PEPRIC NV

Leuven, Belgium

PEPRIC NV

Leuven, Belgium

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Edge D.,Trinity College Dublin | Shortt C.M.,University College Cork | Gobbo O.L.,Trinity Biomedical science Institute | Teughels S.,PEPRIC nv | And 5 more authors.
Clinical and Experimental Pharmacology and Physiology | Year: 2016

Summary: Manufactured nanomaterials have a variety of medical applications, including diagnosis and targeted treatment of cancer. A series of experiments were conducted to determine the pharmacokinetic, biodistribution and biocompatibility of two novel magnetic nanoparticles (MNPs) in the anaesthetized pig. Dimercaptosuccinic acid (DMSA) coated superparamagnetic iron oxide nanoparticles (MF66-labelled 12 nm, core nominal diameter and OD15 15 nm); at 0.5, or 2.0 mg/kg) were injected intravenously. Particles induced a dose-dependent decrease in blood pressure following administration which recovered to control levels several minutes after injection. Blood samples were collected for a 5-h period and stored for determination of particle concentration using particle electron paramagnetic resonance (pEPR). Organs were harvested post-mortem for magnetic resonance imaging (MRI at 1.5 T field strength) and histology. OD15 (2.0 mg/kg) MNP had a plasma half-life of approximately 15 min. Both doses of the MF66 (0.5 and 2.0 mg/kg) MNP were below detection limits. MNP accumulation was observed primarily in the liver and spleen with MRI scans which was confirmed by histology. MRI also showed that both MNPs were present in the lungs. The results show that further modifications may be required to improve the biocompatibility of these particles for use as diagnostic and therapeutic agents. © 2016 John Wiley & Sons Australia, Ltd.


Gobbo O.L.,Trinity College Dublin | Wetterling F.,Trinity College Dublin | Vaes P.,PEPRIC NV | Teughels S.,PEPRIC NV | And 5 more authors.
Nanomedicine | Year: 2015

Aim: Superparamagnetic iron oxide nanoparticles (SPIONs) may play an important role in nanomedicine by serving as drug carriers and imaging agents. In this study, we present the biodistribution and pharmacokinetic properties of SPIONs using a new detection method, particle electron paramagnetic resonance (pEPR). Materials & methods: The pEPR technique is based on a low-field and low-frequency electron paramagnetic resonance. pEPR was compared with inductively coupled plasma mass spectrometry and MRI, in in vitro and in vivo. Results: The pEPR, inductively coupled plasma mass spectrometry and MRI results showed a good correlation between the techniques. Conclusion: The results indicate that pEPR can be used to detect SPIONs in both preclinical and clinical studies. © 2015 Future Medicine Ltd.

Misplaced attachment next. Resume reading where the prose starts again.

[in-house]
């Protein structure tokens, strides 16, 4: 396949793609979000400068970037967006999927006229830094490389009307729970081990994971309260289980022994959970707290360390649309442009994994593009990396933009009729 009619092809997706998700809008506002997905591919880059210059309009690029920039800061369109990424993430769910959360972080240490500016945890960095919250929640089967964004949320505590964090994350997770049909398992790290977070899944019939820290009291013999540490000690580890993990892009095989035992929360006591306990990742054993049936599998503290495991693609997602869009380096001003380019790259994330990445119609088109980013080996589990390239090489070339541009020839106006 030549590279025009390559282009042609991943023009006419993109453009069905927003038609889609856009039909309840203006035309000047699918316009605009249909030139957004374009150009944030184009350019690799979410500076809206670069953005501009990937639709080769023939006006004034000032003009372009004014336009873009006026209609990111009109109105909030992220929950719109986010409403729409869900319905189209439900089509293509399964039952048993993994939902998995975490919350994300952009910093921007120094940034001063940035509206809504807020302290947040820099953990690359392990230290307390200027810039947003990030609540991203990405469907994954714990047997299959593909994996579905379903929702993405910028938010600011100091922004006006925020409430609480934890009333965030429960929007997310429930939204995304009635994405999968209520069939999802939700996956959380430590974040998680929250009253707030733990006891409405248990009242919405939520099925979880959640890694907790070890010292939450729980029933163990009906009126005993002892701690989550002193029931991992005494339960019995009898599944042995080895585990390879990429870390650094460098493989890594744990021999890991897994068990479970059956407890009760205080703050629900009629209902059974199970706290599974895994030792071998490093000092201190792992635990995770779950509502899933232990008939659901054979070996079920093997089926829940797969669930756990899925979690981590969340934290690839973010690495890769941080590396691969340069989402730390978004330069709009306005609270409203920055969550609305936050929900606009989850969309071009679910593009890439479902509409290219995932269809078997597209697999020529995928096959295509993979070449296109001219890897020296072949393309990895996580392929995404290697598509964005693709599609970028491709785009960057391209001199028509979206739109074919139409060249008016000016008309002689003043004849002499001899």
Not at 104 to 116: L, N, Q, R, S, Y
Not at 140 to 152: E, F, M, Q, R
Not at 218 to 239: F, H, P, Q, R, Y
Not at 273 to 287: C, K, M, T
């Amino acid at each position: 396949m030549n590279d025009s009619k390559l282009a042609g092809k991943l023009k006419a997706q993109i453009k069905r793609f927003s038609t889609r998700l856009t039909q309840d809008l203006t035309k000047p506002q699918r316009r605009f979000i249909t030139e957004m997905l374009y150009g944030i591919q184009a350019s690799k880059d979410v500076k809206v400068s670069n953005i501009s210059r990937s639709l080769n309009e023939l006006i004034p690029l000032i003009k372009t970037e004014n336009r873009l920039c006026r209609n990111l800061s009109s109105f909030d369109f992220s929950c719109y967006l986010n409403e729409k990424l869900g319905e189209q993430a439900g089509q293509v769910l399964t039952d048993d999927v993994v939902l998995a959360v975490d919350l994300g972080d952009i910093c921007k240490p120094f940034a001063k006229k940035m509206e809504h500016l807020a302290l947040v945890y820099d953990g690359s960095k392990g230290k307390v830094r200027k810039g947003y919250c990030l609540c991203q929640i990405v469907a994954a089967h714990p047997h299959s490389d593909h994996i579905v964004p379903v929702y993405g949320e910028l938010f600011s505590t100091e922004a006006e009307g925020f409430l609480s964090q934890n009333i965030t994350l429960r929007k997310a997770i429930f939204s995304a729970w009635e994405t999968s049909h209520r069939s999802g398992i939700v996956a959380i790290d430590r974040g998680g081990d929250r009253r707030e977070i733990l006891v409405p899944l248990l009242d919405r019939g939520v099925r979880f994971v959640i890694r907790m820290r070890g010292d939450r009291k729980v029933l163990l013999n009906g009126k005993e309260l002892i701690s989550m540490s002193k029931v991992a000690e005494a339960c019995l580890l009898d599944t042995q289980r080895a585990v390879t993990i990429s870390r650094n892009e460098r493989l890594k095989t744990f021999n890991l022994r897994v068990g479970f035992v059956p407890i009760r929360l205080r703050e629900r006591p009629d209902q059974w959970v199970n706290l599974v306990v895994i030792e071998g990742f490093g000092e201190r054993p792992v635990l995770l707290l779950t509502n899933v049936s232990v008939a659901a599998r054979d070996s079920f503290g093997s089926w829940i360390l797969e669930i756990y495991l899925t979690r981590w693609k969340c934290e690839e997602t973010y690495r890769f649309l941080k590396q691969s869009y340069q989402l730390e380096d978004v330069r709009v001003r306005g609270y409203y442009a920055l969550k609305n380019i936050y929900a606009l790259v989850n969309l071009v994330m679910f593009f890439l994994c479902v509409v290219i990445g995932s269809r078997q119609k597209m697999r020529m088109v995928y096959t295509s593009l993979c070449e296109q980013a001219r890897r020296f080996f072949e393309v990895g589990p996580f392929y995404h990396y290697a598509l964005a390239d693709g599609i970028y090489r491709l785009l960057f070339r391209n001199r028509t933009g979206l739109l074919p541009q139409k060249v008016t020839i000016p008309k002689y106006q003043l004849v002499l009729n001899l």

Grant
Agency: European Commission | Branch: FP7 | Program: CP-IP | Phase: NMP-2010-4.0-1 | Award Amount: 13.15M | Year: 2011

The aim of the MultiFun consortium is to develop and validate a novel and minimally-invasive nanotechnology system to improve cancer diagnosis and treatment. MultiFun nanotechnology is based on multifunctionalised magnetic nanoparticles to selectively target and eliminate breast and pancreatic cancer (stem) cells. The improved magnetic features of the MultiFun magnetic nanoparticles will lead to potential medical applications such as contrast agents and magnetic heating inductors. Moreover, magnetic nanoparticles can be functionalised with ligands to increase their affinity towards cancer cells in order to facilitate diagnosis of tumours by MRI. Targeting peptides and antibodies will be employed, including antibodies against cancer stem cells leading to early cancer detection by MRI means. The same nanoparticles will be used simultaneously as functional nanocarriers and heating inductors in order to provide a combined therapeutic modality. The synergistic effects of drugs, peptides, small RNAs and heat will be evaluated to determine the effectiveness of different therapeutic combinations. Interestingly, the use of ligands will favour the specific application of the therapeutic modalities to cancer (stem) cells, increasing the effectiveness and reducing side effects. Thus, MultiFun multimodal therapeutic approach is designed to efficiently remove cancer cells, including cancer stem cells, from the tumour site. The toxicity of functionalised magnetic nanoparticles will be assessed in vitro and in vivo to warrant a safe use and shed some light on the risks. The distribution and activity evaluation of functionalised nanoparticles will be performed in human breast and pancreatic cancer xenograft models. The use of novel magnetic nanoparticles for biomedical applications provides opportunities for new instrumentation: 1) detection and quantification of magnetic nanoparticles in blood, urine and tissues, and 2) magnetic heating induction for raising cell temperature.